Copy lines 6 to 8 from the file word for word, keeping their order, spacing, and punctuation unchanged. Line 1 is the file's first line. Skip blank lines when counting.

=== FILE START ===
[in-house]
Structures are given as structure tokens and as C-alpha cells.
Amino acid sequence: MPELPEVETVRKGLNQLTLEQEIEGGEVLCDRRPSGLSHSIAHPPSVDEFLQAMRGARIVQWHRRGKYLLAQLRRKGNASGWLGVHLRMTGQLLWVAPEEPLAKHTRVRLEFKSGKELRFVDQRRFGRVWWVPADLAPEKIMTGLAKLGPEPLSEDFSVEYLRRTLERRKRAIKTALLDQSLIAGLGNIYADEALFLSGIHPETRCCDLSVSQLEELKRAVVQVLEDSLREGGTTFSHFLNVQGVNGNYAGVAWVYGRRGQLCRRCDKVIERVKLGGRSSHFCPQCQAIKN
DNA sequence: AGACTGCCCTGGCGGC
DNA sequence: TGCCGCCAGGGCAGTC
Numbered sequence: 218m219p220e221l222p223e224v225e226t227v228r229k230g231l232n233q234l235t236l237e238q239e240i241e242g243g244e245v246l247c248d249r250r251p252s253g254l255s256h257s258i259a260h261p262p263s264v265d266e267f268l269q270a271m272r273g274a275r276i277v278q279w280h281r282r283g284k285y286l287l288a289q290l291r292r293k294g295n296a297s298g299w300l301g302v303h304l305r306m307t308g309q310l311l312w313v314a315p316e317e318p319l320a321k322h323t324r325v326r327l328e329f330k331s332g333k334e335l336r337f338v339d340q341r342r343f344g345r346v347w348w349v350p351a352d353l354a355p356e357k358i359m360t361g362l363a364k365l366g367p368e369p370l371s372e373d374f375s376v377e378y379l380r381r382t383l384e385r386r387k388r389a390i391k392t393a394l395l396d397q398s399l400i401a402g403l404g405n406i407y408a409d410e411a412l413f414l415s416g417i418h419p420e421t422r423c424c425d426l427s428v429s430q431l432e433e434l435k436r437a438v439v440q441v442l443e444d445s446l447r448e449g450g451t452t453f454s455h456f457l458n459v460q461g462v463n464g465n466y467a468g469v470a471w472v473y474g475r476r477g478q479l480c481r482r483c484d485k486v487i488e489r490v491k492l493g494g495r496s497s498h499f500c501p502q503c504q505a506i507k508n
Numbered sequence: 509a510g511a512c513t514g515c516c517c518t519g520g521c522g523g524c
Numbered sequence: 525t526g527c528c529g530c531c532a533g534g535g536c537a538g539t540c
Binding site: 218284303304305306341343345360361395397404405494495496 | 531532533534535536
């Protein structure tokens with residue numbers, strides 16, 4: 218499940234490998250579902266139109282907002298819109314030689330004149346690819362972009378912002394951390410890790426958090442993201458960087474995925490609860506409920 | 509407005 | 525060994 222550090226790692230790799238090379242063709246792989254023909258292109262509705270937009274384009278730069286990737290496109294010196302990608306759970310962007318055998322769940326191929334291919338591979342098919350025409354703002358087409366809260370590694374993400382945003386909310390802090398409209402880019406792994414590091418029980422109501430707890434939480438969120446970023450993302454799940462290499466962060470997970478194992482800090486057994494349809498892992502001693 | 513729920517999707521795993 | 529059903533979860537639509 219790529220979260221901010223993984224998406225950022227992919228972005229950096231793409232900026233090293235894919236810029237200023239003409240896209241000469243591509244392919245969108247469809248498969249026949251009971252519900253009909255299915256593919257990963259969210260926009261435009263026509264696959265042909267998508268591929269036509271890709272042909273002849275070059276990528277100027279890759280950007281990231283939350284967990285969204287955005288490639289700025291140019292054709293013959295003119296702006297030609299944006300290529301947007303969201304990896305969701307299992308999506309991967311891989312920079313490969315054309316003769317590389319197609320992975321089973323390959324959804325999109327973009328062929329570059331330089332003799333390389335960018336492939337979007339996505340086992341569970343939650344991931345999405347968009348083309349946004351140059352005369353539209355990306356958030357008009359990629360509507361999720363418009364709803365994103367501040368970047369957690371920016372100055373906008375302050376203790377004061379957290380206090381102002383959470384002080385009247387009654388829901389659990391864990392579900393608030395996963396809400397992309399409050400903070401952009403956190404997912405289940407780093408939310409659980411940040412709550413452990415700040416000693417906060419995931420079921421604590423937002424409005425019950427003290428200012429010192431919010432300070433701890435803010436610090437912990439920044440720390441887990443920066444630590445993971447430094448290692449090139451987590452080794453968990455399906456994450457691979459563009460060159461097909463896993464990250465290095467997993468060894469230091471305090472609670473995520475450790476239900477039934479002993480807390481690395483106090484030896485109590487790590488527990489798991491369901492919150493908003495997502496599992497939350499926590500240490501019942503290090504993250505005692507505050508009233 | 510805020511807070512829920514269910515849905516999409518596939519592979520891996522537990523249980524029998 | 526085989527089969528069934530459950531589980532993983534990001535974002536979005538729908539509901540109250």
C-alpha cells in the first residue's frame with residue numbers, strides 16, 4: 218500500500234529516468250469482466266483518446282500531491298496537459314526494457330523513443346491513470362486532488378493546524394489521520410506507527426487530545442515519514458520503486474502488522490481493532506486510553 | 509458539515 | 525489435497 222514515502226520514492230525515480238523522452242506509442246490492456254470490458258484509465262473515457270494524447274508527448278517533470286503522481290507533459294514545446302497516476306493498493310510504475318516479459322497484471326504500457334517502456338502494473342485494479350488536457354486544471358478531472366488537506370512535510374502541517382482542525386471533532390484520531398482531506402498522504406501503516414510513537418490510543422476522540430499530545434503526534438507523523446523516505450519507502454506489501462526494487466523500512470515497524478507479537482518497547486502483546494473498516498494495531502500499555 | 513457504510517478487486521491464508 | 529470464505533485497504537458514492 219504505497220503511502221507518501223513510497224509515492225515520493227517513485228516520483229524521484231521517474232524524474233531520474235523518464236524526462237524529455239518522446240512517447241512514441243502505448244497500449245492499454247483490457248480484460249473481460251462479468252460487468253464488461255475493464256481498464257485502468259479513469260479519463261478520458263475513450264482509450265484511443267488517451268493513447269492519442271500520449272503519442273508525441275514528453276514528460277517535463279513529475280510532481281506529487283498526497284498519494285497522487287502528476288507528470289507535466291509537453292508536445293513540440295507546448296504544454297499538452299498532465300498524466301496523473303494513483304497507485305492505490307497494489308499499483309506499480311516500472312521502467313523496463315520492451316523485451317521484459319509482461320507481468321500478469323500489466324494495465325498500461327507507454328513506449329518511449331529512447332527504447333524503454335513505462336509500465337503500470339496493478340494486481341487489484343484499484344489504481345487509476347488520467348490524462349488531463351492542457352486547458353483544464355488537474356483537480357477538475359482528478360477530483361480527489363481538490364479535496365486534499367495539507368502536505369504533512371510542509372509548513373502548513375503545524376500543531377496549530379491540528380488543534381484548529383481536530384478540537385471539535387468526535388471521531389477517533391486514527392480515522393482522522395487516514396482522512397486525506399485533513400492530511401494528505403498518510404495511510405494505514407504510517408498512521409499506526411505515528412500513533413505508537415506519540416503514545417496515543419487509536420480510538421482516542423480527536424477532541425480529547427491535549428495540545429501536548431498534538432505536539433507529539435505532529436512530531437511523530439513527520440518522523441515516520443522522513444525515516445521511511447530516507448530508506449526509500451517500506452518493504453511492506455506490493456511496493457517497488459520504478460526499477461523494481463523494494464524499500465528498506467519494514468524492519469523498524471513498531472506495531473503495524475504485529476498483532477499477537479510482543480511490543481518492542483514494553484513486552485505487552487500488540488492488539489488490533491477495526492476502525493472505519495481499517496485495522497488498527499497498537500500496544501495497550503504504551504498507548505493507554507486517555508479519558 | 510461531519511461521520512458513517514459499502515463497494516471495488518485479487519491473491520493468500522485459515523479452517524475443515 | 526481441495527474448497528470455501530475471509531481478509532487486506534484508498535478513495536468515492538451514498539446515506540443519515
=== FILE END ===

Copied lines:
Numbered sequence: 218m219p220e221l222p223e224v225e226t227v228r229k230g231l232n233q234l235t236l237e238q239e240i241e242g243g244e245v246l247c248d249r250r251p252s253g254l255s256h257s258i259a260h261p262p263s264v265d266e267f268l269q270a271m272r273g274a275r276i277v278q279w280h281r282r283g284k285y286l287l288a289q290l291r292r293k294g295n296a297s298g299w300l301g302v303h304l305r306m307t308g309q310l311l312w313v314a315p316e317e318p319l320a321k322h323t324r325v326r327l328e329f330k331s332g333k334e335l336r337f338v339d340q341r342r343f344g345r346v347w348w349v350p351a352d353l354a355p356e357k358i359m360t361g362l363a364k365l366g367p368e369p370l371s372e373d374f375s376v377e378y379l380r381r382t383l384e385r386r387k388r389a390i391k392t393a394l395l396d397q398s399l400i401a402g403l404g405n406i407y408a409d410e411a412l413f414l415s416g417i418h419p420e421t422r423c424c425d426l427s428v429s430q431l432e433e434l435k436r437a438v439v440q441v442l443e444d445s446l447r448e449g450g451t452t453f454s455h456f457l458n459v460q461g462v463n464g465n466y467a468g469v470a471w472v473y474g475r476r477g478q479l480c481r482r483c484d485k486v487i488e489r490v491k492l493g494g495r496s497s498h499f500c501p502q503c504q505a506i507k508n
Numbered sequence: 509a510g511a512c513t514g515c516c517c518t519g520g521c522g523g524c
Numbered sequence: 525t526g527c528c529g530c531c532a533g534g535g536c537a538g539t540c